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Posted in America/U.S.A., Anthropology, Ethics / Moral Theology, History, Law & Legal Issues, Religion & Culture, Sexuality, Supreme Court, Theology

(CT) Legal experts worry that ruling in landmark workplace discrimination cases can’t provide the nuanced exemptions evangelicals have advocated for

In an article for Christianity Today’s ChurchLawAndTax.com, attorney and senior editor Richard Hammar said churches retain important protections with employment decisions pertaining to clergy, despite Monday’s ruling. However, Monday’s decision fosters greater uncertainty for churches with employees in nonministerial roles, he said.“

Churches that take an adverse action against an employee or applicant for employment based on religious considerations should describe their action appropriately,” Hammar said. “Refer to the religious or doctrinal principle at issue, and avoid generic labels like ‘sex’ or other gender- or sexuality-based labels.”

Russell Moore, president of the Southern Baptist Ethics & Religious Liberty Commission, wrote that the ruling will have “seismic implications for religious liberty, setting off potentially years of lawsuits and court struggles, about what this means, for example, for religious organizations with religious convictions about the meaning of sex and sexuality.”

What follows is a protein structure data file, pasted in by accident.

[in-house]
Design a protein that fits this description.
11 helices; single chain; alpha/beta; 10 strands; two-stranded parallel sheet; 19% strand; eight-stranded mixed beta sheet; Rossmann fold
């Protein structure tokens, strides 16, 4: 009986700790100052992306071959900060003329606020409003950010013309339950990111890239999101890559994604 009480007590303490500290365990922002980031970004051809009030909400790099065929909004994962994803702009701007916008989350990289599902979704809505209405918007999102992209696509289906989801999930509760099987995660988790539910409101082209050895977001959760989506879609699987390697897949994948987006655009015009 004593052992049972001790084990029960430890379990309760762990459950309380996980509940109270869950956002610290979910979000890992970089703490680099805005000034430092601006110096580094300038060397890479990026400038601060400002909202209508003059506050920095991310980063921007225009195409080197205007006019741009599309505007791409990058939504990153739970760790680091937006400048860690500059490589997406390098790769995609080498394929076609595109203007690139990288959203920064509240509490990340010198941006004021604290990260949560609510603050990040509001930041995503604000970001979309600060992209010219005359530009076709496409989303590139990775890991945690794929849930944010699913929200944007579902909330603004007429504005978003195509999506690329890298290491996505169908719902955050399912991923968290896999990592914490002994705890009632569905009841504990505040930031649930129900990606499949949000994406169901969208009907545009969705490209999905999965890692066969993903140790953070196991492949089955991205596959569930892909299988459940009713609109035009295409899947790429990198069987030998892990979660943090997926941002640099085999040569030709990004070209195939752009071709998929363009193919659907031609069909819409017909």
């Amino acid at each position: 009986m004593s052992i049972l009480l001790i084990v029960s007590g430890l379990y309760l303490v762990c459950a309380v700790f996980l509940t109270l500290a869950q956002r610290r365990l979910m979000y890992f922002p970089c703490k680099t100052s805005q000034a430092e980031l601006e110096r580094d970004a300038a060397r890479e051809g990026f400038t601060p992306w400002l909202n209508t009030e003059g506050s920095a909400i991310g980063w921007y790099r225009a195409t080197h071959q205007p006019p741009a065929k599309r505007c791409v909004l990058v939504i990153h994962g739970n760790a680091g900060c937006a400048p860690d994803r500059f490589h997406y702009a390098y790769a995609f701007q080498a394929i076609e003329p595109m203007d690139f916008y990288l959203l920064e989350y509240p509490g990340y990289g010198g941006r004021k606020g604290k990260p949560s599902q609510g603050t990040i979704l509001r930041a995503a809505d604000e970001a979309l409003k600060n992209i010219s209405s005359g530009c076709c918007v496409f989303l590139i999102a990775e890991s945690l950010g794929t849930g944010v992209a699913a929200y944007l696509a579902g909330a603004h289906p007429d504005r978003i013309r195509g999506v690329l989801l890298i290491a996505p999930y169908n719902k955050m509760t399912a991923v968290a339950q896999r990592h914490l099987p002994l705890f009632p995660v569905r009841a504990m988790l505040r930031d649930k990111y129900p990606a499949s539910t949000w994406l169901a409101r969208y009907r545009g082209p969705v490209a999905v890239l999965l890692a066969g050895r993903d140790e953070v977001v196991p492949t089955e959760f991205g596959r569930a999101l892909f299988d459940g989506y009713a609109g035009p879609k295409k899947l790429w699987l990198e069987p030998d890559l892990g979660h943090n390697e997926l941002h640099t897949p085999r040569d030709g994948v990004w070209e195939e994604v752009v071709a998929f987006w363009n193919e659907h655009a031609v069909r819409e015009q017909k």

“This Supreme Court decision should hardly be surprising, given how much has changed culturally on the meanings of sex and sexuality,” he said. “That the ‘sexual revolution’ is supported here by both ‘conservatives’ and ‘progressives’ on the court should also be of little surprise to those who have watched developments in each of these ideological corners of American life.”

Read it all and there is a lot more there as well.

Posted in Ethics / Moral Theology, History, Language, Law & Legal Issues, Religion & Culture, Religious Freedom / Persecution, Supreme Court

(NYT Op-ed) Esau McCaulley–What the Bible has to say about Black Anger